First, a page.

Abstract

This article re-examines the gendering of love magic in pastoral manuals, focusing on those manuals which were written in England between the thirteenth and fifteenth centuries. As well as exploring how far late medieval English pastoral writers associated love magic with women, the paper also asks how far they presented men and women as performing the same types of love magic. It is demonstrated that many churchmen remained willing to imagine a more varied cross-section of the population doing love magic, and acknowledged that both men and women might do so for a broader range of purposes, than is often assumed.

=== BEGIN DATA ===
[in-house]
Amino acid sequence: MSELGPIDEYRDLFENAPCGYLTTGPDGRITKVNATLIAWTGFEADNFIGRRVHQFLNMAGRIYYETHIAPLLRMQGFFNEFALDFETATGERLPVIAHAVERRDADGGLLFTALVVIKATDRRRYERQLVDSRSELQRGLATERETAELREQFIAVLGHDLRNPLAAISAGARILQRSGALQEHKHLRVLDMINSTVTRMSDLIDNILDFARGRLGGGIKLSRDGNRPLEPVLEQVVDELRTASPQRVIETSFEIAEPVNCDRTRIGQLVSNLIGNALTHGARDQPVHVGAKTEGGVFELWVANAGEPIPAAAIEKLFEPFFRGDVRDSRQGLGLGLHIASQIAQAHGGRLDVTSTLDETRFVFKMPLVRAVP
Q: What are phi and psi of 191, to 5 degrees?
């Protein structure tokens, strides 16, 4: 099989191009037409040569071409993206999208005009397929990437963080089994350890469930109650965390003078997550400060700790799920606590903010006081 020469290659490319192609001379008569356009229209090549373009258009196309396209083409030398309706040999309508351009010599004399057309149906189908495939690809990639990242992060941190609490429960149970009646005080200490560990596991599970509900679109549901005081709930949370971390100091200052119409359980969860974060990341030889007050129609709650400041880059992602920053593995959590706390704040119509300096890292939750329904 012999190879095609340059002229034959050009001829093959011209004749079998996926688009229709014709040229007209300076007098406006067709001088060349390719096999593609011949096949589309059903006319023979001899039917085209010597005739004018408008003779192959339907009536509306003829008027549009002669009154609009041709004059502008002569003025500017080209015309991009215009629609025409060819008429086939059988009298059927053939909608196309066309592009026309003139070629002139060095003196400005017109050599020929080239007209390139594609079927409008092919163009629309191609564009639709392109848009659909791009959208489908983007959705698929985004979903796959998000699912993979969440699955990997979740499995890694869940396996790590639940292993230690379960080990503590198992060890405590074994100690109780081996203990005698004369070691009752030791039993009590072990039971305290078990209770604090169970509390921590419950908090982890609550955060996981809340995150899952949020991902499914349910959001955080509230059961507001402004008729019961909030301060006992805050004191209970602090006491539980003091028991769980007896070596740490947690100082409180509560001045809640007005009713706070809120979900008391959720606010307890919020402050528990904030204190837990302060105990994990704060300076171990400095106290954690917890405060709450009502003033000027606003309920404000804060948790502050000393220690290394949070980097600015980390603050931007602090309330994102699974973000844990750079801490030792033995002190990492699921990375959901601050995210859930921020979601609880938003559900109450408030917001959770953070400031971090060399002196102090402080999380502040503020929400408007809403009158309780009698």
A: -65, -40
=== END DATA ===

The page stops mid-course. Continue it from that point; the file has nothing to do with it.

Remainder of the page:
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Additional Information

ISSN
1940-5111
Print ISSN
1556-8547
Pages
pp. 190-211
Launched on MUSE
2012-11-10
Open Access
No
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